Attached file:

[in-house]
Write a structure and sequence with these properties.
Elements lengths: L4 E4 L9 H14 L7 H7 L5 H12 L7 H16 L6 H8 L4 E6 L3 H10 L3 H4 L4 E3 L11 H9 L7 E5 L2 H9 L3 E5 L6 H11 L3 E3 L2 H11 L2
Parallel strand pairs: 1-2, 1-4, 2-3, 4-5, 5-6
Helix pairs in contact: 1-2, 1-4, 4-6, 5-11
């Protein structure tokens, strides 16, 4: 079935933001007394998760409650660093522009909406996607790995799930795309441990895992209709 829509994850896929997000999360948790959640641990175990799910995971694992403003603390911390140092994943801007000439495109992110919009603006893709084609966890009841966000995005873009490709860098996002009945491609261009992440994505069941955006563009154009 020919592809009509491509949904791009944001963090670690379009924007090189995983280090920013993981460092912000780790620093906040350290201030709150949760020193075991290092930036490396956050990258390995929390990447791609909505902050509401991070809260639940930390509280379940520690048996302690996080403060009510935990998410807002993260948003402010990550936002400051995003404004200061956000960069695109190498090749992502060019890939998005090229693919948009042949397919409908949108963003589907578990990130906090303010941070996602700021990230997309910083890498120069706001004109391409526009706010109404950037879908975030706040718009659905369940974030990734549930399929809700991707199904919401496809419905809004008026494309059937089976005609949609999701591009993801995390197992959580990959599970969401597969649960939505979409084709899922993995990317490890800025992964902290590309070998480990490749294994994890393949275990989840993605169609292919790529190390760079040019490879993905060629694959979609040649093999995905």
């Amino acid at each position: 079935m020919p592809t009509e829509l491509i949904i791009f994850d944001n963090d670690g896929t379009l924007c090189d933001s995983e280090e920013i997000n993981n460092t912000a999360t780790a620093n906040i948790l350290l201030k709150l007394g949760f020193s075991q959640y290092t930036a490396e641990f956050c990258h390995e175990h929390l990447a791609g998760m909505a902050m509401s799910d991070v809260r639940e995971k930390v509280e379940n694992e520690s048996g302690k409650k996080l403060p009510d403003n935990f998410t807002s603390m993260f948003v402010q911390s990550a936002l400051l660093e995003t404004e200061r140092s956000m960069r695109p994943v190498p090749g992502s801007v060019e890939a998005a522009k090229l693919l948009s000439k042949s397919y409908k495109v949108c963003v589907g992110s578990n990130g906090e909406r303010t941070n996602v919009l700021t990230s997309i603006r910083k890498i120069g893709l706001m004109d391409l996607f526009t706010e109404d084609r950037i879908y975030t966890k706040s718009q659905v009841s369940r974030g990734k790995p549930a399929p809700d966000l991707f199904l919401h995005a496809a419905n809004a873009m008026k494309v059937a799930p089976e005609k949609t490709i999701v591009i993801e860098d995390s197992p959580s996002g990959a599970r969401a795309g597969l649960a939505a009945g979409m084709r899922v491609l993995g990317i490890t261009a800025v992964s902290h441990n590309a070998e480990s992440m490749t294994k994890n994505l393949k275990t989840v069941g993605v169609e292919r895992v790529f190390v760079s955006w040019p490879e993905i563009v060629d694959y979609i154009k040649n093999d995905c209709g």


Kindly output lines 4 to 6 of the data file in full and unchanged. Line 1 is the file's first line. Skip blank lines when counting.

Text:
Parallel strand pairs: 1-2, 1-4, 2-3, 4-5, 5-6
Helix pairs in contact: 1-2, 1-4, 4-6, 5-11
């Protein structure tokens, strides 16, 4: 079935933001007394998760409650660093522009909406996607790995799930795309441990895992209709 829509994850896929997000999360948790959640641990175990799910995971694992403003603390911390140092994943801007000439495109992110919009603006893709084609966890009841966000995005873009490709860098996002009945491609261009992440994505069941955006563009154009 020919592809009509491509949904791009944001963090670690379009924007090189995983280090920013993981460092912000780790620093906040350290201030709150949760020193075991290092930036490396956050990258390995929390990447791609909505902050509401991070809260639940930390509280379940520690048996302690996080403060009510935990998410807002993260948003402010990550936002400051995003404004200061956000960069695109190498090749992502060019890939998005090229693919948009042949397919409908949108963003589907578990990130906090303010941070996602700021990230997309910083890498120069706001004109391409526009706010109404950037879908975030706040718009659905369940974030990734549930399929809700991707199904919401496809419905809004008026494309059937089976005609949609999701591009993801995390197992959580990959599970969401597969649960939505979409084709899922993995990317490890800025992964902290590309070998480990490749294994994890393949275990989840993605169609292919790529190390760079040019490879993905060629694959979609040649093999995905």